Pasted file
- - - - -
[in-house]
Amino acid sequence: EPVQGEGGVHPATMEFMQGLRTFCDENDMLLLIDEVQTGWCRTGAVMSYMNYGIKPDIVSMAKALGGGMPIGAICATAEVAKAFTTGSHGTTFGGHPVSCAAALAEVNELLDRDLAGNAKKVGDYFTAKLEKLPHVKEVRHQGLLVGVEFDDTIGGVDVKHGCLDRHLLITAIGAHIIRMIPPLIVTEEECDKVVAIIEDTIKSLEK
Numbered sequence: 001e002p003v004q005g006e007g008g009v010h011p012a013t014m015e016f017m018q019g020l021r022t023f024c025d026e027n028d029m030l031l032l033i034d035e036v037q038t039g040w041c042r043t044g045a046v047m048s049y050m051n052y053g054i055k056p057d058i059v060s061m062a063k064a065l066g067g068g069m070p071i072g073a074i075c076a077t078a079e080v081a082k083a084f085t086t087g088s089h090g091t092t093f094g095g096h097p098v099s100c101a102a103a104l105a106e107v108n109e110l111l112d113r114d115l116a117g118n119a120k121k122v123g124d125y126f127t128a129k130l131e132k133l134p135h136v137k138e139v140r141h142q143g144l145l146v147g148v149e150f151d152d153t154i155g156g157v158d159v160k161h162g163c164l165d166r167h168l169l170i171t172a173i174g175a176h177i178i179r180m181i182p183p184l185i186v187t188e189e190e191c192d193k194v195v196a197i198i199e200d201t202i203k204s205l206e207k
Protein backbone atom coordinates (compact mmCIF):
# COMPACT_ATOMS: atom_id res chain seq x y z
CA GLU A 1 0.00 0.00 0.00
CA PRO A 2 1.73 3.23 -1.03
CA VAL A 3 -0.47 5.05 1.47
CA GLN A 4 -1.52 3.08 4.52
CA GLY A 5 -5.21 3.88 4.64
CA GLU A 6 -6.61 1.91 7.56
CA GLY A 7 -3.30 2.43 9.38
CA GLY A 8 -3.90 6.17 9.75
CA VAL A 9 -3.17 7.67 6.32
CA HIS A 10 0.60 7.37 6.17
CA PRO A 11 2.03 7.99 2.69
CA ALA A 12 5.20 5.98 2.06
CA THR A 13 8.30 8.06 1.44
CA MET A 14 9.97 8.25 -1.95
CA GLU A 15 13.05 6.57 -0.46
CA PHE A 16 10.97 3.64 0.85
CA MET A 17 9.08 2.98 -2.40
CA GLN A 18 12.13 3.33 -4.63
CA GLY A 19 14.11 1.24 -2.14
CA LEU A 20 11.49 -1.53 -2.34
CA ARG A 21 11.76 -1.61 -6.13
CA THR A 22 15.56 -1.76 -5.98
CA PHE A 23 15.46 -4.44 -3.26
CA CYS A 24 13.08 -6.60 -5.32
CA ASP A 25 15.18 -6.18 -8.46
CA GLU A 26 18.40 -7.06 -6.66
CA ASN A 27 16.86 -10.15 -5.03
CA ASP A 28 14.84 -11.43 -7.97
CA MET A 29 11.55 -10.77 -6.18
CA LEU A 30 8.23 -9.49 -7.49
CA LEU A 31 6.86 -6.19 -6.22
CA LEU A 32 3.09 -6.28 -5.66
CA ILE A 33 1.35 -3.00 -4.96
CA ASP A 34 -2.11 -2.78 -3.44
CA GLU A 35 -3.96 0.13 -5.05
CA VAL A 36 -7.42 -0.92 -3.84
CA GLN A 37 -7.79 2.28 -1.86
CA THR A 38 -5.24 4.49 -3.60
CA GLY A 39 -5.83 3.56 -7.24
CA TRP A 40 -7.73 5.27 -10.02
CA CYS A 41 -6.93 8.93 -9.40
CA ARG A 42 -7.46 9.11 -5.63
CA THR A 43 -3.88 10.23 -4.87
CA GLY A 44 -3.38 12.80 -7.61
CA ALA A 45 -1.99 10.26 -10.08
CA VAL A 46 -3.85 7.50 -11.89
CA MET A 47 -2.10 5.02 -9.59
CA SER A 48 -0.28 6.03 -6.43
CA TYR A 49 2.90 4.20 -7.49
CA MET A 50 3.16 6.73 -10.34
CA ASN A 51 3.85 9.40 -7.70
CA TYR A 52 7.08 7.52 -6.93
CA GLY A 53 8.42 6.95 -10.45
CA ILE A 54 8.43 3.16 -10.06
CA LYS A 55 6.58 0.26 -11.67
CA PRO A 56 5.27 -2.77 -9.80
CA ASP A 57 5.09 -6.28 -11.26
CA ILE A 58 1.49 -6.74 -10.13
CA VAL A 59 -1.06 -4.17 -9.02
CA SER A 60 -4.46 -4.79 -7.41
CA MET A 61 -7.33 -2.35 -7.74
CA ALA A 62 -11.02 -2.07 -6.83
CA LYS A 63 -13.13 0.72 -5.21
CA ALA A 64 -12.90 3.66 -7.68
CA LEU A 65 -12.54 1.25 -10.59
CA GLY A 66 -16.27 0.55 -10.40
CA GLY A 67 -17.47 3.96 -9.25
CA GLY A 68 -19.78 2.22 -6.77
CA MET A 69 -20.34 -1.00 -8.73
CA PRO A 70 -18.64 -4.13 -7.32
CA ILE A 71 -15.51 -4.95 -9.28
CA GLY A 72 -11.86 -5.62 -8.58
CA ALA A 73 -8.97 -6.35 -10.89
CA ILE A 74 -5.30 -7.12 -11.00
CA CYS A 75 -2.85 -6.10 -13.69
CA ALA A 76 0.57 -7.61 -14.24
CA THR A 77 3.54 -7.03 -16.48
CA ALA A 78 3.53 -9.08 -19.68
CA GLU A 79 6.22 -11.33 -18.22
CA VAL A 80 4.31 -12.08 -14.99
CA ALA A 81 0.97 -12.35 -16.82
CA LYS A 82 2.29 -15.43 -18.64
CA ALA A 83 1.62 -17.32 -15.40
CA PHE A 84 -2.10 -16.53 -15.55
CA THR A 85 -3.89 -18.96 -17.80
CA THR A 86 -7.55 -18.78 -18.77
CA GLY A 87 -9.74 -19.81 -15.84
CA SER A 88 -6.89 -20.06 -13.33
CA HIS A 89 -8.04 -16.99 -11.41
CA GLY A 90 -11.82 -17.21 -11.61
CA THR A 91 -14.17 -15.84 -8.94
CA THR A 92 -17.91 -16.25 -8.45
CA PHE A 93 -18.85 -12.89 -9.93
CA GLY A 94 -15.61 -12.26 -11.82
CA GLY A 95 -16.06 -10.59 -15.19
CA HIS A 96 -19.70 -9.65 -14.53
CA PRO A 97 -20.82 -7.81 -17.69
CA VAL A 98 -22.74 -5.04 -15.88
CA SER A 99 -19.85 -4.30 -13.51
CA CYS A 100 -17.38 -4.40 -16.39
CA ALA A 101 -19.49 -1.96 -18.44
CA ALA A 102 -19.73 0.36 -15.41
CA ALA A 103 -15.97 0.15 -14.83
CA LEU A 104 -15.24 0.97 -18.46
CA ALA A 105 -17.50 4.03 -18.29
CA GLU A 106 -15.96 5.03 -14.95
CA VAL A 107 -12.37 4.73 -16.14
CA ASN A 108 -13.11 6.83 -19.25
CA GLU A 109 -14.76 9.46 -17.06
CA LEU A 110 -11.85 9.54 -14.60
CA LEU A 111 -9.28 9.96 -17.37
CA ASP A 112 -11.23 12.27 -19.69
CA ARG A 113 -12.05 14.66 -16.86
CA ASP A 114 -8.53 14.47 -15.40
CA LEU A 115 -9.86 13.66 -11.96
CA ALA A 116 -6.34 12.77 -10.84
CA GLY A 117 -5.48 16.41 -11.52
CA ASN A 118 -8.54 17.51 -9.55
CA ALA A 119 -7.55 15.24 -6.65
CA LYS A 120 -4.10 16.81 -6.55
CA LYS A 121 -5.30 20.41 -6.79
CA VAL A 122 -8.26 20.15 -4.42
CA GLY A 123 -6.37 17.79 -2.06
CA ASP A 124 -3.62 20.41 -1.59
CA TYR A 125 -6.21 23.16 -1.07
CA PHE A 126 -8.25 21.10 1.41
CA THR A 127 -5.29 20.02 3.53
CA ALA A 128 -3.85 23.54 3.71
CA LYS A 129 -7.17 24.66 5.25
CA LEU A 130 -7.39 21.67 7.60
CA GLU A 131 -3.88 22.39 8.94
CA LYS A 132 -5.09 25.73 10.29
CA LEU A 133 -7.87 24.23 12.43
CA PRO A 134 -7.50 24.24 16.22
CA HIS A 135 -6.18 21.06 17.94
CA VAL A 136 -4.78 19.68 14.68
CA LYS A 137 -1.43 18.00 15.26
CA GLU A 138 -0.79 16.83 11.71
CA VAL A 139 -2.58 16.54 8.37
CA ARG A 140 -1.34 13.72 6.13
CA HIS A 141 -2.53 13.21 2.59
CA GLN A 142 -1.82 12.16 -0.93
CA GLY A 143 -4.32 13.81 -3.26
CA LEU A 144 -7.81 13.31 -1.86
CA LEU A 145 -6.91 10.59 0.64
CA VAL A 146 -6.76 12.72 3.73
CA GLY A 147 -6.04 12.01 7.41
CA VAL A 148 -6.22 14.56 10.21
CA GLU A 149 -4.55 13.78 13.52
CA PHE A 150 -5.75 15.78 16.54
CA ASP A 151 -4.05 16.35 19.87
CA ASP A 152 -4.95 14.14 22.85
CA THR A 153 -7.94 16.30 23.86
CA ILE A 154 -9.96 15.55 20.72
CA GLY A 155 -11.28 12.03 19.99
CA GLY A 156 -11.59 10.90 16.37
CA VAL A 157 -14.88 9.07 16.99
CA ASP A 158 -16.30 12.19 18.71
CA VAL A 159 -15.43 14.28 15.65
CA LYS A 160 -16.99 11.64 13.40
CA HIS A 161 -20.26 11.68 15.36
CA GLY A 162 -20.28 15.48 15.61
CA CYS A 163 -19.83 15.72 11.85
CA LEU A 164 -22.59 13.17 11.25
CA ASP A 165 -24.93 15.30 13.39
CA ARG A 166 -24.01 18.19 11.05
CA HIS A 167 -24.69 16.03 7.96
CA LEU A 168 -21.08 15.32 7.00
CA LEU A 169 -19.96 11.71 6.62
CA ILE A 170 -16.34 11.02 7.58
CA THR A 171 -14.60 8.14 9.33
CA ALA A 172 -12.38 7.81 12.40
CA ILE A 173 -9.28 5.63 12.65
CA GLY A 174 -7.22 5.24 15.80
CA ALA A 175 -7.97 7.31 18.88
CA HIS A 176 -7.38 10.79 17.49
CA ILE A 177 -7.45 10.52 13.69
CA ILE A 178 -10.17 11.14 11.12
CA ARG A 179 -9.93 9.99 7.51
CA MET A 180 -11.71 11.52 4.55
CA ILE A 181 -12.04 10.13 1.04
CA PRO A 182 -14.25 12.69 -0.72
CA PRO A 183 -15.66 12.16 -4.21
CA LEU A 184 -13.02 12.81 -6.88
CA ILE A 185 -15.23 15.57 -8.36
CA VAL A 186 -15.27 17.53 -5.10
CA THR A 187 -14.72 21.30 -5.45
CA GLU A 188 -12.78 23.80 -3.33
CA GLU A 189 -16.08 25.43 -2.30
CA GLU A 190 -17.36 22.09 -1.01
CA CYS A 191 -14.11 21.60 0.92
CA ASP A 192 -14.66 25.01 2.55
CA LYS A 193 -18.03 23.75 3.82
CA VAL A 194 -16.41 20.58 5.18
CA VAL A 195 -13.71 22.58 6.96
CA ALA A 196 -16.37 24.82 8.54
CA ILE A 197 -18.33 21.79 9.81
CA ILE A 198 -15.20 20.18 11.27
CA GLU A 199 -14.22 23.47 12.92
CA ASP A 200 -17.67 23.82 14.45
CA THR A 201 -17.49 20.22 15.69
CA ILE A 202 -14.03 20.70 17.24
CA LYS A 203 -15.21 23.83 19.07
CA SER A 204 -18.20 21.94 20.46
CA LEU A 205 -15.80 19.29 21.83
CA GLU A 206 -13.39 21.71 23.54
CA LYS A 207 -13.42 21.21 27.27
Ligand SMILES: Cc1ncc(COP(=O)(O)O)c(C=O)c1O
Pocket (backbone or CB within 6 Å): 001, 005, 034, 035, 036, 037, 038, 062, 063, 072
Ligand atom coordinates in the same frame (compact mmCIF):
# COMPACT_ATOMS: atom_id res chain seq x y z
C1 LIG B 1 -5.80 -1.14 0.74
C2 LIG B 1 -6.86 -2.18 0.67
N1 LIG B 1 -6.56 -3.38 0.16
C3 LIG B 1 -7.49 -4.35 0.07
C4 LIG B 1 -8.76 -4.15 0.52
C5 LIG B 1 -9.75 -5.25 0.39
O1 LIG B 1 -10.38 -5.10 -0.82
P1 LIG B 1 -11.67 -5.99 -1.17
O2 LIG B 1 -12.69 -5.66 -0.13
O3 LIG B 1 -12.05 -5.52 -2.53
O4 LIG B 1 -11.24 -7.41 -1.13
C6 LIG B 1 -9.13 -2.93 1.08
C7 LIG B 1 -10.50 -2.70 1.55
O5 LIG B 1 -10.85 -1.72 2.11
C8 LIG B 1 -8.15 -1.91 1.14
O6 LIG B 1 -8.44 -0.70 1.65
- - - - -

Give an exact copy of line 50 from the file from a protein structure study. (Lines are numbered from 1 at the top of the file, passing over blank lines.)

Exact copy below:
CA ALA A 45 -1.99 10.26 -10.08